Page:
On November 18, 1978, 918 people, including U.S. Congressman Leo Ryan, died in Jonestown, Guyana, most of them members of the Peoples Temple who drank poisoned punch at the urging of their charismatic leader, Jim Jones. In this approach to the tragic and unsettling subject, Fondakowski, a playwright and former head writer for The Laramie Project, focuses not on Jones but on members of the Peoples Temple who were away from the compound and survived. Culled from hundreds of hours of interviews gathered for her play The People’s Temple, Fondakowski spoke both to people who have devoted their lives to trying to understand the tragedy and those who have kept their past connections with Jonestown a secret. She encounters wildly different views of life at Jonestown: for some, it was paradise. For others, it was hell in the jungle. Most wrenching are the reminiscences of those like Nell Smart, who struggles with the thought of her mother giving Nell’s four children the poisoned Flavor-Aid (not Kool-Aid, as is commonly believed). Fondakowski explores the beginnings of the Peoples Temple in Ukiah, Calif., and how it expanded—through cross-country bus trips—until Jones took his followers to Guyana in 1977. Fondakowski perfectly captures the rapturous hope surrounding Jonestown, which makes its demise all the more heartbreaking. (Oct.)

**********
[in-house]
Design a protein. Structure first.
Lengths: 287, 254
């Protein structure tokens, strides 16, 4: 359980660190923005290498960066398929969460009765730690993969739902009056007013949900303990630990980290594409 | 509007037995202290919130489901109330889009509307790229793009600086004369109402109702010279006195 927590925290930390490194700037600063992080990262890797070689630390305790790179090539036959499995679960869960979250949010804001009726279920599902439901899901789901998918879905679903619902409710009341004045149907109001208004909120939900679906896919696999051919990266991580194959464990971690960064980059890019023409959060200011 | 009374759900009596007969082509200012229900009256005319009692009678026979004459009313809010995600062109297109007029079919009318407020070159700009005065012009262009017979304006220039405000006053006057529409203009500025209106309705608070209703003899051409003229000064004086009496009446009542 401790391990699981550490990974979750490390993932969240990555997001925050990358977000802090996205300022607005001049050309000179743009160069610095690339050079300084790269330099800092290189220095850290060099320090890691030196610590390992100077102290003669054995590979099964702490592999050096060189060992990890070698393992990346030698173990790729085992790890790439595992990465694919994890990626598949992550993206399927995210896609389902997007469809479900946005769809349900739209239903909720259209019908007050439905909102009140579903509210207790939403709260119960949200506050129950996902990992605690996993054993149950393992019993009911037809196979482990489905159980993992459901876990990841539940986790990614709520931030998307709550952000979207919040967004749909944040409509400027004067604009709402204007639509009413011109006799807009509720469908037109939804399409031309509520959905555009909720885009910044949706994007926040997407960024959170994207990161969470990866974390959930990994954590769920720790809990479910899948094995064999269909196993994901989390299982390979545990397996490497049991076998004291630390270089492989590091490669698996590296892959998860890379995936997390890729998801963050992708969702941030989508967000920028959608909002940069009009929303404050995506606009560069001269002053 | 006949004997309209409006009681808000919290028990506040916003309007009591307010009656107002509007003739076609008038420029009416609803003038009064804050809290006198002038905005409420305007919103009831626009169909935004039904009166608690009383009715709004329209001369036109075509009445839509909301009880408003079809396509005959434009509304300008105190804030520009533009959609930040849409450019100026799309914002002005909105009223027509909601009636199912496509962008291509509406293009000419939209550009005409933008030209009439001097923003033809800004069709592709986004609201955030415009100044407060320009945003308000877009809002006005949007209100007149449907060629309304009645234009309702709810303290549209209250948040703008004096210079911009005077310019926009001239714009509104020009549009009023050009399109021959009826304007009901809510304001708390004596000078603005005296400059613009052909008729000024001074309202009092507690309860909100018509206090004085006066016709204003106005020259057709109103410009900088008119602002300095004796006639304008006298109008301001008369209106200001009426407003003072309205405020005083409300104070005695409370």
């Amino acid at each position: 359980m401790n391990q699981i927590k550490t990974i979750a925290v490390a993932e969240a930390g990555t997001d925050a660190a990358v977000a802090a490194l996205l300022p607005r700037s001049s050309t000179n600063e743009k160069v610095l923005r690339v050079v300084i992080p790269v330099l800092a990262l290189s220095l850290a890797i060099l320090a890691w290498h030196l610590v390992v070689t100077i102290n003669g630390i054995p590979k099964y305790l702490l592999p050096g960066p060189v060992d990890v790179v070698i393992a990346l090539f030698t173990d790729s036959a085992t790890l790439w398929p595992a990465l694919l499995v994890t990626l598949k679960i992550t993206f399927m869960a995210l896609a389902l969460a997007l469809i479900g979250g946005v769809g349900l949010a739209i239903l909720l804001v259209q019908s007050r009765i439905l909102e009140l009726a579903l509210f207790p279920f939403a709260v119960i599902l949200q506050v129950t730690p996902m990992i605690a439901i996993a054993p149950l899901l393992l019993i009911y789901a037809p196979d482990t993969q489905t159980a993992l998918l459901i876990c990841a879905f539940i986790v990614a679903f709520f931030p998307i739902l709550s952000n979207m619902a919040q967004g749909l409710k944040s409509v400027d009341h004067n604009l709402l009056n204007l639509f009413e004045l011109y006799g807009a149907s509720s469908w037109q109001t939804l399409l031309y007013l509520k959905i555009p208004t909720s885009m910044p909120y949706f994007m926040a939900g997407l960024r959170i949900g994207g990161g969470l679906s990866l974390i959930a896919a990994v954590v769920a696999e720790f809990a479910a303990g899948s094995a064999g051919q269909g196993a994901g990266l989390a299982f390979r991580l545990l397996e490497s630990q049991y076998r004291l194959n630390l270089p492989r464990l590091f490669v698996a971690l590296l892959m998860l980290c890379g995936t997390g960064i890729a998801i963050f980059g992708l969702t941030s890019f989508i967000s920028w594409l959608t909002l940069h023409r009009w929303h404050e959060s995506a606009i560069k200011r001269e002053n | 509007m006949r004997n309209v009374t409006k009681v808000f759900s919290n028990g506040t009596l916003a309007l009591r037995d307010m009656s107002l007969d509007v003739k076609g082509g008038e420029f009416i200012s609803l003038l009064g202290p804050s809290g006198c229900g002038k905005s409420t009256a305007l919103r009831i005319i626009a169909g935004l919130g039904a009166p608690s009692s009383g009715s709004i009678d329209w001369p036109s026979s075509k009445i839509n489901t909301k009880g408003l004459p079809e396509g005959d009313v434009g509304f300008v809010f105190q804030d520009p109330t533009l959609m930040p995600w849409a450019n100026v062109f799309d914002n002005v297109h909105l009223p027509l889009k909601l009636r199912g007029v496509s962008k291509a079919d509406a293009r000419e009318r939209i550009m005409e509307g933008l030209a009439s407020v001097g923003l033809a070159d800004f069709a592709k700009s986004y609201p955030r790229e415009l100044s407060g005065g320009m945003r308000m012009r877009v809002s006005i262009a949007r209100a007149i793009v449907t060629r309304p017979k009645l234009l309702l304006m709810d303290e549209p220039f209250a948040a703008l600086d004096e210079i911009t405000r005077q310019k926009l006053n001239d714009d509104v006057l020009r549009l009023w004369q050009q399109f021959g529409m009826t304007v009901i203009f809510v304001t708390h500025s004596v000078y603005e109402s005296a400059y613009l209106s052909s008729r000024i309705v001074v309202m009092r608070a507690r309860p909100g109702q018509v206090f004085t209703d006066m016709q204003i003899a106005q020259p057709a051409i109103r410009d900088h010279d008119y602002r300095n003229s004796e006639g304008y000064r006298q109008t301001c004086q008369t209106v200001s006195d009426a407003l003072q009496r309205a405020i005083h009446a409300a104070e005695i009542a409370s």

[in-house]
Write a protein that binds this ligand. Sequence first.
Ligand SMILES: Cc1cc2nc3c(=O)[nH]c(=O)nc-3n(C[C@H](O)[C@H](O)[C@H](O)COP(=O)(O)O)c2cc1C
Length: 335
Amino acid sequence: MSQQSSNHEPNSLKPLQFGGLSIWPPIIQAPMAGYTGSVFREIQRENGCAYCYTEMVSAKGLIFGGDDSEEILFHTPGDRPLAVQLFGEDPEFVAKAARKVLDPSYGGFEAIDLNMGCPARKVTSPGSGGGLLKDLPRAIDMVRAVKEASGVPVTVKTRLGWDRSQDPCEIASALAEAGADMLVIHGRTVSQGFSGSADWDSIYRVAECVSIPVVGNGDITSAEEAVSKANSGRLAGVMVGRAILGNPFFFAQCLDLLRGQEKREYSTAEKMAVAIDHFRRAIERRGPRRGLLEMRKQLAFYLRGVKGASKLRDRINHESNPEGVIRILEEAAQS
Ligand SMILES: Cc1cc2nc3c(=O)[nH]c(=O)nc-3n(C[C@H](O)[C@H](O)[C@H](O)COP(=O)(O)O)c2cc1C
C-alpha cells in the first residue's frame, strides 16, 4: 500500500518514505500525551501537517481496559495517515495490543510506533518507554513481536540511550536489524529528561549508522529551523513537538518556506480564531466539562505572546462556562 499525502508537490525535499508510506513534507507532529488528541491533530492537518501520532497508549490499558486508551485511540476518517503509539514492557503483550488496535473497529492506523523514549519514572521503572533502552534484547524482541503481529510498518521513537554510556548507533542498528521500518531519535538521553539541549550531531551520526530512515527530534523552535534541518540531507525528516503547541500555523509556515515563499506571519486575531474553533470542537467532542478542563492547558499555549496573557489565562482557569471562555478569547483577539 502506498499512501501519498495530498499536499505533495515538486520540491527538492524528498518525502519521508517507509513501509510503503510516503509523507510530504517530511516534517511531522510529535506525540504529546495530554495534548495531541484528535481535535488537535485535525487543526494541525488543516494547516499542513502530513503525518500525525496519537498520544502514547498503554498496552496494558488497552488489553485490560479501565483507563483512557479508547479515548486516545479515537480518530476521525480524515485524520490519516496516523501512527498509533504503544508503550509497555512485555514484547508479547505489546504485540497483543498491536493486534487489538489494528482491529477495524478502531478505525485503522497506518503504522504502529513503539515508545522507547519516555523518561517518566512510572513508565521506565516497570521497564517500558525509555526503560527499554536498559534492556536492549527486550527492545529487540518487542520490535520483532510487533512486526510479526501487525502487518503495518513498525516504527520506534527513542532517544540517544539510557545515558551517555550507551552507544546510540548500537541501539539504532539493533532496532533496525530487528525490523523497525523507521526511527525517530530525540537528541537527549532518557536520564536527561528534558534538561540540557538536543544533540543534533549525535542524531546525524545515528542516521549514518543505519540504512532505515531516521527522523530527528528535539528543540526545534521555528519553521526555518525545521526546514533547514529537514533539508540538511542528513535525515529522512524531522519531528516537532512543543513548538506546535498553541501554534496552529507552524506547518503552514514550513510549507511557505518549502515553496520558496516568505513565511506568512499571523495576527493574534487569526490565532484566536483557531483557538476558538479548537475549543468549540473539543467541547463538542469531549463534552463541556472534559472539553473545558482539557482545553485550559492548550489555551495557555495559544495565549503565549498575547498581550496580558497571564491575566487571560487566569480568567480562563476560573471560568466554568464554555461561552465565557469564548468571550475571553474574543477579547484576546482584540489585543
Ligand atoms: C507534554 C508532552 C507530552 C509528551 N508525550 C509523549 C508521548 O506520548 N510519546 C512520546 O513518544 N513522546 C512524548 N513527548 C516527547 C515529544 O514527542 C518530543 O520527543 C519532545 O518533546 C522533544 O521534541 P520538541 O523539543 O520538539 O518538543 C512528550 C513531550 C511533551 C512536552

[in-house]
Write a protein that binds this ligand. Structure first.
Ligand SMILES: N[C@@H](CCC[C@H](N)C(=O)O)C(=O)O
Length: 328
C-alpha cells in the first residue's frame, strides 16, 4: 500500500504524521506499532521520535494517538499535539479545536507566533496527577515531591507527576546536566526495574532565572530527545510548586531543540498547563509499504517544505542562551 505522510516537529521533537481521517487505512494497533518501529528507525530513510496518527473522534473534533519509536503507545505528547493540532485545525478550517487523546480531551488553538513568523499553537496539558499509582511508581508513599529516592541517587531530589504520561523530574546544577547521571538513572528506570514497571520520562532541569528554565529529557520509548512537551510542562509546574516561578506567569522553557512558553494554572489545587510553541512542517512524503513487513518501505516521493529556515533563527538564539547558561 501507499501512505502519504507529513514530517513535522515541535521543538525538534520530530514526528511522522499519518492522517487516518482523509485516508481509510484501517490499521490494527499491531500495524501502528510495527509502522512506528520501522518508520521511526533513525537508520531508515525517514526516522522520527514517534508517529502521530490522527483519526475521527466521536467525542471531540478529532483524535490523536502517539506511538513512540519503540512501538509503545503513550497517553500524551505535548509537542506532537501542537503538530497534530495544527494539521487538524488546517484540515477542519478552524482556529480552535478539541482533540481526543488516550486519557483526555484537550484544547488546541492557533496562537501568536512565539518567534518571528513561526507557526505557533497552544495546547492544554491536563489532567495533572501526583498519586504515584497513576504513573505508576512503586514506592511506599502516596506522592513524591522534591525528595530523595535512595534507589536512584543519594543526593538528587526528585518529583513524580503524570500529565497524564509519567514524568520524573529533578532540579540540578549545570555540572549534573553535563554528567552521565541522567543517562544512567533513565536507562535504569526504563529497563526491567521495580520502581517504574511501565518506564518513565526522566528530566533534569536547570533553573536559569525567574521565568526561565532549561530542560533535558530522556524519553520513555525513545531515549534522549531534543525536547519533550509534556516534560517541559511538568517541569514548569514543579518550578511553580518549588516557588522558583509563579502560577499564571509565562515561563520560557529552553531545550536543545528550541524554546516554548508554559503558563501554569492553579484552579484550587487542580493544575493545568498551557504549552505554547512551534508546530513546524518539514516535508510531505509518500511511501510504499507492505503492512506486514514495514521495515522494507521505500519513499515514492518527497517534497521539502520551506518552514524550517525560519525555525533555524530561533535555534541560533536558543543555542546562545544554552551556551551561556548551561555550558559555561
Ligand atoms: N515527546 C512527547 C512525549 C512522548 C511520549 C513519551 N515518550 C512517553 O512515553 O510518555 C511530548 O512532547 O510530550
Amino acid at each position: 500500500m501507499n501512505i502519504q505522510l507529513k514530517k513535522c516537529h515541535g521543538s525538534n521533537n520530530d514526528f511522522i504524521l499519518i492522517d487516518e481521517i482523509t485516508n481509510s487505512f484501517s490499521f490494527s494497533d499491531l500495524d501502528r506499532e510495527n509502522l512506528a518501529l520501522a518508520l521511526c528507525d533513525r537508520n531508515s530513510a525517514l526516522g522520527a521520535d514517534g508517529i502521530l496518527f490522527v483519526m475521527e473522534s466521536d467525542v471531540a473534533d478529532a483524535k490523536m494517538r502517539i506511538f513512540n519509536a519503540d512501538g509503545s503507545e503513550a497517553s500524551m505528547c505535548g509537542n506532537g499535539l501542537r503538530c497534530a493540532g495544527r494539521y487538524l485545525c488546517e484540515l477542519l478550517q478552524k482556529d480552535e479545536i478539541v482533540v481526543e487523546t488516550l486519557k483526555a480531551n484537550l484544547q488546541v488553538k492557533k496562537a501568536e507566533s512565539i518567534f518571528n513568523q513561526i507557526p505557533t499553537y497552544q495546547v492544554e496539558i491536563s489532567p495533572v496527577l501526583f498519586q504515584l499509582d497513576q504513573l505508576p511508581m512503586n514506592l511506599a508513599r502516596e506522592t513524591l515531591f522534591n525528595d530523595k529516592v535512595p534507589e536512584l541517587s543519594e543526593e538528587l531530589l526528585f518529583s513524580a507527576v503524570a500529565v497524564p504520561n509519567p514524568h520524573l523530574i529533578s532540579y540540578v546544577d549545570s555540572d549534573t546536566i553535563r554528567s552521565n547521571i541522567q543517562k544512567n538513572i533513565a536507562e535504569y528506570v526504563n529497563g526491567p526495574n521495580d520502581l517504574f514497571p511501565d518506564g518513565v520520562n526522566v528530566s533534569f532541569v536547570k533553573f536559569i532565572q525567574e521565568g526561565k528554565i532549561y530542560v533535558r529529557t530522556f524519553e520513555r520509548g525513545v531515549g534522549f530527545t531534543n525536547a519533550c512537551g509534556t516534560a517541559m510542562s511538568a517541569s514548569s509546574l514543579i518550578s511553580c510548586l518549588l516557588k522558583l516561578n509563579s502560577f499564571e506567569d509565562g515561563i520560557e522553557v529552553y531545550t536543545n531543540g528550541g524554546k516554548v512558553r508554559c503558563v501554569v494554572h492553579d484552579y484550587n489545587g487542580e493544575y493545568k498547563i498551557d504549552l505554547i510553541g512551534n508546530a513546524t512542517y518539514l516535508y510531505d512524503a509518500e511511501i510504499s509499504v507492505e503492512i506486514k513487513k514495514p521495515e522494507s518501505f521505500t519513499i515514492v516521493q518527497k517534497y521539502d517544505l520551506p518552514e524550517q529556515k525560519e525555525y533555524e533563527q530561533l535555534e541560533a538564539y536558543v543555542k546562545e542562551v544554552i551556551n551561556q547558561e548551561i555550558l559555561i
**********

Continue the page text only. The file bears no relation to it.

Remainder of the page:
Reviewed on: 07/09/2012 Release date: 02/01/2013 Genre: Nonfiction
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